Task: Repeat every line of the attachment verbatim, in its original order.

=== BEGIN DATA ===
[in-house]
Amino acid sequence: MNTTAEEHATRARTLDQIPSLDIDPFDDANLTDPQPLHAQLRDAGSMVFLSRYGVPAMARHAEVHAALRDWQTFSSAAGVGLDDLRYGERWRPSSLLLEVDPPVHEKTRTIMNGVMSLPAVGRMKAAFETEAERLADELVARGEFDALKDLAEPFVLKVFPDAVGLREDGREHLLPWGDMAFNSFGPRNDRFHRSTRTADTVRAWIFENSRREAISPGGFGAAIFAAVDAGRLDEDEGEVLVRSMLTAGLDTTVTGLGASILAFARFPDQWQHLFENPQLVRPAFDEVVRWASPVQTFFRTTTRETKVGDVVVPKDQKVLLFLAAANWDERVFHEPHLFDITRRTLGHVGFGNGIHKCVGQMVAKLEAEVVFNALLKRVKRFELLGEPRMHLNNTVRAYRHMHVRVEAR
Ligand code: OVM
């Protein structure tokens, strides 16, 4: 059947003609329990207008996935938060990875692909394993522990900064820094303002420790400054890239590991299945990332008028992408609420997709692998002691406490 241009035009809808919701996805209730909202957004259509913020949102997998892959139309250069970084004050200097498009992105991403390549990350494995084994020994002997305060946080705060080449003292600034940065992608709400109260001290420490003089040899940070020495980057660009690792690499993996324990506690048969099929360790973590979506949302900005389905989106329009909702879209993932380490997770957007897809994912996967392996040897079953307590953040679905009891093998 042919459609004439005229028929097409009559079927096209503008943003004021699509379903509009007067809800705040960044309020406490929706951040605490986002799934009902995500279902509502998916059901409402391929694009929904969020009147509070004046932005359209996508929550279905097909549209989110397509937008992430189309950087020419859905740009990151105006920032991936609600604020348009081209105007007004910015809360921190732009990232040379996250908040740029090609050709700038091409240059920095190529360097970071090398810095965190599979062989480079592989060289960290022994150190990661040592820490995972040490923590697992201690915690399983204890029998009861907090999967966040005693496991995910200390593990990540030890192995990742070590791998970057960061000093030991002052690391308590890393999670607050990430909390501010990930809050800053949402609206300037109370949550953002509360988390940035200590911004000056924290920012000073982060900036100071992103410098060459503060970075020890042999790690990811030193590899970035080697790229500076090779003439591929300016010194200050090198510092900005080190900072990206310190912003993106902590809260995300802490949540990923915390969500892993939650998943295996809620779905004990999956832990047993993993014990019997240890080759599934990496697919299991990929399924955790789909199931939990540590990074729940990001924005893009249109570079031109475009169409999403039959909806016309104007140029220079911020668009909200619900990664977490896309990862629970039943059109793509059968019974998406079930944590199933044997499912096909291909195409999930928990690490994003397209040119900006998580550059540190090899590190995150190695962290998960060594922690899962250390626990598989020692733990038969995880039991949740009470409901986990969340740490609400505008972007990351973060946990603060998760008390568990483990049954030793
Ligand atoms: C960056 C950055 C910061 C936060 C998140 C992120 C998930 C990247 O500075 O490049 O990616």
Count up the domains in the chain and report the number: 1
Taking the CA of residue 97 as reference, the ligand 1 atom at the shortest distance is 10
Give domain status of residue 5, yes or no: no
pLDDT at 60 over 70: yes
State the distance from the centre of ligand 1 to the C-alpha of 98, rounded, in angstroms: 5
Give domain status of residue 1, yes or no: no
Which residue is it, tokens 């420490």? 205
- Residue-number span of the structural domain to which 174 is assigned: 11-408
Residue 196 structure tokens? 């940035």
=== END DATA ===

[in-house]
Amino acid sequence: MNTTAEEHATRARTLDQIPSLDIDPFDDANLTDPQPLHAQLRDAGSMVFLSRYGVPAMARHAEVHAALRDWQTFSSAAGVGLDDLRYGERWRPSSLLLEVDPPVHEKTRTIMNGVMSLPAVGRMKAAFETEAERLADELVARGEFDALKDLAEPFVLKVFPDAVGLREDGREHLLPWGDMAFNSFGPRNDRFHRSTRTADTVRAWIFENSRREAISPGGFGAAIFAAVDAGRLDEDEGEVLVRSMLTAGLDTTVTGLGASILAFARFPDQWQHLFENPQLVRPAFDEVVRWASPVQTFFRTTTRETKVGDVVVPKDQKVLLFLAAANWDERVFHEPHLFDITRRTLGHVGFGNGIHKCVGQMVAKLEAEVVFNALLKRVKRFELLGEPRMHLNNTVRAYRHMHVRVEAR
Ligand code: OVM
């Protein structure tokens, strides 16, 4: 059947003609329990207008996935938060990875692909394993522990900064820094303002420790400054890239590991299945990332008028992408609420997709692998002691406490 241009035009809808919701996805209730909202957004259509913020949102997998892959139309250069970084004050200097498009992105991403390549990350494995084994020994002997305060946080705060080449003292600034940065992608709400109260001290420490003089040899940070020495980057660009690792690499993996324990506690048969099929360790973590979506949302900005389905989106329009909702879209993932380490997770957007897809994912996967392996040897079953307590953040679905009891093998 042919459609004439005229028929097409009559079927096209503008943003004021699509379903509009007067809800705040960044309020406490929706951040605490986002799934009902995500279902509502998916059901409402391929694009929904969020009147509070004046932005359209996508929550279905097909549209989110397509937008992430189309950087020419859905740009990151105006920032991936609600604020348009081209105007007004910015809360921190732009990232040379996250908040740029090609050709700038091409240059920095190529360097970071090398810095965190599979062989480079592989060289960290022994150190990661040592820490995972040490923590697992201690915690399983204890029998009861907090999967966040005693496991995910200390593990990540030890192995990742070590791998970057960061000093030991002052690391308590890393999670607050990430909390501010990930809050800053949402609206300037109370949550953002509360988390940035200590911004000056924290920012000073982060900036100071992103410098060459503060970075020890042999790690990811030193590899970035080697790229500076090779003439591929300016010194200050090198510092900005080190900072990206310190912003993106902590809260995300802490949540990923915390969500892993939650998943295996809620779905004990999956832990047993993993014990019997240890080759599934990496697919299991990929399924955790789909199931939990540590990074729940990001924005893009249109570079031109475009169409999403039959909806016309104007140029220079911020668009909200619900990664977490896309990862629970039943059109793509059968019974998406079930944590199933044997499912096909291909195409999930928990690490994003397209040119900006998580550059540190090899590190995150190695962290998960060594922690899962250390626990598989020692733990038969995880039991949740009470409901986990969340740490609400505008972007990351973060946990603060998760008390568990483990049954030793
Ligand atoms: C960056 C950055 C910061 C936060 C998140 C992120 C998930 C990247 O500075 O490049 O990616």
Count up the domains in the chain and report the number: 1
Taking the CA of residue 97 as reference, the ligand 1 atom at the shortest distance is 10
Give domain status of residue 5, yes or no: no
pLDDT at 60 over 70: yes
State the distance from the centre of ligand 1 to the C-alpha of 98, rounded, in angstroms: 5
Give domain status of residue 1, yes or no: no
Which residue is it, tokens 């420490």? 205
- Residue-number span of the structural domain to which 174 is assigned: 11-408
Residue 196 structure tokens? 């940035």